One is thermal load case, the vessel expands or shrinks, and the vessel moves. In this case, both fix and sliding ends burdens horizontal force. This is what you describe.
Before this load case, you also describe "horizontal force in longitudinal direction is applied only on fixed end", which is seismic or wind load case.
My question is in seismic and wind load case, there isn't horizontal fore on sliding end, then how is horizontal force on fixed end balanced?
It is balanced with external force?

### RE: Reaction of Horizontal Vessel

The horizontal force on the fixed end is balanced by the seismically induced inertial loads or wind loads applied to the tank.

### RE: Reaction of Horizontal Vessel

You need to look at it as a free body diagram with the vessel as the free body. External loads will act on the vessel body pushing on the vessel and these loads are balance by equal but opposite forces pushing back on the vessel at the support points. For loads acting longitudinally on the ends of the vessel inline with its axis, the loads that act on the vessel can only be resisted by the fixed support reaction forces acting back on the vessel at the fixed support. So the answer is any horizontal longitudinal force on the vessel is balanced by the fixed support only so the fixed support will need to be designed for the entire longitudinal seismic and wind loads.

### RE: Reaction of Horizontal Vessel

Also in the thermal expansion case and the free body concept, the external load acting on the vessel body is the friction force on the sliding support and the balancing force acting on the free body is the equal but opposite reaction force at the fixed support.

### RE: Reaction of Horizontal Vessel

(OP)
Friction force differs from static friction force and sliding ones.
In case we push an object on a rough surface, when the force is small ,the object doesn't move, the friction force is a static type. When push force is increased, and the object moves, the friction force is a sliding friction.
So here, when seismic or wind load pushes a vessel, the vessel does not move, but is there static friction on sliding support?
If not, vessel should not have a tendancy to move, the anchor bolt at the fixed support is strong. Is this understanding correct ot not?

### RE: Reaction of Horizontal Vessel

Friction force differs from static friction force and sliding ones.
In case we push an object on a rough surface, when the force is small ,the object doesn't move, the friction force is a static type. When push force is increased, and the object moves, the friction force is a sliding friction.

I understand that but I wanted to keep the discussion simple so I did not get into detailed explanation of static and dynamic friction. The maximum resisting force though is the static force which the fixed support needs to be designed to.

So here, when seismic or wind load pushes a vessel, the vessel does not move, but is there static friction on sliding support?
If not, vessel should not have a tendancy to move, the anchor bolt at the fixed support is strong. Is this understanding correct ot not?

Correct. The wind or seismic load is partially resisted by the frictional force of the sliding support of weight at support times the coefficient of static friction. Therefore the net resisting longitudinal force at the fixed support is the external horizontal load minus the friction force at the sliding support. But I would personally design the fixed support for the entire external seismic or wind load without considering the frictional force at the sliding support. In fact it may be that the frictional force at the sliding support is enough to resist the wind and seismic load without having any load on th fixed support but it is an engineering judgement as to whether you consider this friction force sufficient to resist the horizontal wind and earthquake load even though by calculationn it really does. Personnally I would design the fixed support to take the entire load and not consider the opposing friction force. What happens if the seismic load causes the vessel to lift up off the foundation at the location of the sliding support? Then the entire seismic load then really will be transfered to the fixed support without any contribution to the resisting force coming fiom the friction force at the sliding support.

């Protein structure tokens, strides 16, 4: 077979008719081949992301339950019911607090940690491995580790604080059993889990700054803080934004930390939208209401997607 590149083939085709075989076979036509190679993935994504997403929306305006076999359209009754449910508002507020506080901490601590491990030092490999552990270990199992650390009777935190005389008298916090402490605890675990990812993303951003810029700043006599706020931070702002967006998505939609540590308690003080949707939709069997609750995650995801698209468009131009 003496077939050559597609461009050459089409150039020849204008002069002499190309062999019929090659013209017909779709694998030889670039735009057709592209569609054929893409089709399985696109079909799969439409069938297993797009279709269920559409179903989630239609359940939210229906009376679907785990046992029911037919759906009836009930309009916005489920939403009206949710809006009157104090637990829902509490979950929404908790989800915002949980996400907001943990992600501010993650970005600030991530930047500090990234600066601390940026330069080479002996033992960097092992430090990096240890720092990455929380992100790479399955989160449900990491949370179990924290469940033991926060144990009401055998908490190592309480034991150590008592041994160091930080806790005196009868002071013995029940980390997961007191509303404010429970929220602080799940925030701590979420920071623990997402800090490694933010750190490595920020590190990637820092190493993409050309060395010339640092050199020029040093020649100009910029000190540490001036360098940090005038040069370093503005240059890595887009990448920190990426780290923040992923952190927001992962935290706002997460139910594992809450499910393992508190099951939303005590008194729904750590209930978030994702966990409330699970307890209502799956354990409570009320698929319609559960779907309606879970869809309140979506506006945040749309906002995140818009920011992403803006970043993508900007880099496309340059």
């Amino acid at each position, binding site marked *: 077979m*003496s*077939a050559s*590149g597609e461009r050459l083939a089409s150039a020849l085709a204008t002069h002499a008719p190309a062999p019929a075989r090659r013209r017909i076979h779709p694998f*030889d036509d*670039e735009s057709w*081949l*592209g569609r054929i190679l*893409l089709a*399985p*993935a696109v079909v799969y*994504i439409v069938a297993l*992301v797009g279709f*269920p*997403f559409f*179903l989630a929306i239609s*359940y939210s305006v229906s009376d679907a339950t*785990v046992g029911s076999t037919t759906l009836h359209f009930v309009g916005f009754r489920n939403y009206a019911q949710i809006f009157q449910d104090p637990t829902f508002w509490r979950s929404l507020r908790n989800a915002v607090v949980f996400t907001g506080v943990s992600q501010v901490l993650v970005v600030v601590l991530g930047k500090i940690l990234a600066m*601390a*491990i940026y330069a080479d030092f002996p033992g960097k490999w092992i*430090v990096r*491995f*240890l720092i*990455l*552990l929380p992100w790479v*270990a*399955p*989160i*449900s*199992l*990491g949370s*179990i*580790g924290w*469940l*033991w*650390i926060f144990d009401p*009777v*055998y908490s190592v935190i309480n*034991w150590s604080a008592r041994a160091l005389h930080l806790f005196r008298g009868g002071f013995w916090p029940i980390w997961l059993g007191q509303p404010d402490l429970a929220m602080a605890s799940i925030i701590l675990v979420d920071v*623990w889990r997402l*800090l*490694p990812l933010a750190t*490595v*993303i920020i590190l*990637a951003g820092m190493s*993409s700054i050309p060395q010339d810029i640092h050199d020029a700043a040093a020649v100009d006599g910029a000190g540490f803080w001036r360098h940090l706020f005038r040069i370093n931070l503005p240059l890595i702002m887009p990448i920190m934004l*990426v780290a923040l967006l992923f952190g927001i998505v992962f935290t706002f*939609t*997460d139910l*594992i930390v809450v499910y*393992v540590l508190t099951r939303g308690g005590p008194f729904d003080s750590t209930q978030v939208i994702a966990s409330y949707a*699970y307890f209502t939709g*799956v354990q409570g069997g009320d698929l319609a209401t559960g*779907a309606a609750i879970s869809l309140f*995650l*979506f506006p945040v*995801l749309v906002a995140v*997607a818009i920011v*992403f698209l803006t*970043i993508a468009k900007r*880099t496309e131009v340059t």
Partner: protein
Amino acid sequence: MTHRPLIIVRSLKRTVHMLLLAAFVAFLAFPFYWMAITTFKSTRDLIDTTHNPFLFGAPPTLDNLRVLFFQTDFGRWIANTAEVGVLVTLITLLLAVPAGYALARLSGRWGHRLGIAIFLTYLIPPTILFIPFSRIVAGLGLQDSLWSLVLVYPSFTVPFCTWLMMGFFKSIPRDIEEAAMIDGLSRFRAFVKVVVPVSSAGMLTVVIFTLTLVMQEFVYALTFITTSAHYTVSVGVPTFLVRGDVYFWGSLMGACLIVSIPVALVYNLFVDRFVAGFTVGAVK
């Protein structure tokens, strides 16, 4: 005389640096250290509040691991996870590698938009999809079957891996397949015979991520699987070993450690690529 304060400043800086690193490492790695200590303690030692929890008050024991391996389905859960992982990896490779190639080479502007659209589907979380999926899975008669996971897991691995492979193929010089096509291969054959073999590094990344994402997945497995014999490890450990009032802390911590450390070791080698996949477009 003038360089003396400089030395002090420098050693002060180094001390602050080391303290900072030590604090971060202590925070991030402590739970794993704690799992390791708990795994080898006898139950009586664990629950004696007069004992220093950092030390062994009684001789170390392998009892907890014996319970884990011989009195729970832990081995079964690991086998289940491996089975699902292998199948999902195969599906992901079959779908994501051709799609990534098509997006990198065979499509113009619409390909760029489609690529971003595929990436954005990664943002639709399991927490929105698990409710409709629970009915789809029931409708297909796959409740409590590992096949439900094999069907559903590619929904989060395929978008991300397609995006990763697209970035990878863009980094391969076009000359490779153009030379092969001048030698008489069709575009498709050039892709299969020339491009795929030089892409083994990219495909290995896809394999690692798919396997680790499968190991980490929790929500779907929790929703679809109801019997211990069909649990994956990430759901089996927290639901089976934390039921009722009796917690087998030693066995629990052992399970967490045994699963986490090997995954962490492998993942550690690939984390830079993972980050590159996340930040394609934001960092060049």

### RE: Reaction of Horizontal Vessel

Remember that anything you design that don't work will cause you to look incompetent. Therefore always design things so that nothing could ever go wrong in any freak way and that it is totally idiot proof. I designed things for 40 years with just two or three minor mistakes (at least those that were brought to my attention. lol) by being conservative in my design philosophy but not too overconservative to where critics would be able to attack me for overdesigning things.

### RE: Reaction of Horizontal Vessel

(OP)

#### Quote (LittleInch)

Don't triple post.
OK.But experts in different fields have different advantages. They may have different ideas to the same question.Please understand me.

### RE: Reaction of Horizontal Vessel

Like I said - Don't triple post. It's against the forum rules and you've been around E-T long enough to know that. Your other two posts will likely vanish. You might be correct, but that's not how it works here as otherwise you get a scatter gun effect and what one person says in one thread, may be countered by something said in another, plus most people inhabit a number of forums so to answer the same question three times isn't going to happen and makes people annoyed.

Your query is fairly simple and I think has been addressed above.

So yes, the longitudinal force if you like along the axis of a vessel will be higher at the fixed end as it needs to take all the loads of the vessel, seismic, wind and other forces from pipework connections. The sliding end axially only see static friction and sliding friction forces caused by thermal expansion or other forces so is max vessel weight / 2 x coeff of friction. Now what you take that to be can vary depending on steel on steel or teflon pads. It can easily be quite significant.

Sideways force though is the same at both ends as is any uplift forces.

Easiest is just to make them both the same then no one will get it wrong in the field or if the vessel designer decided to shift the fixed and sliding end... (It has happened)

Remember - More details = better answers
Also: If you get a response it's polite to respond to it.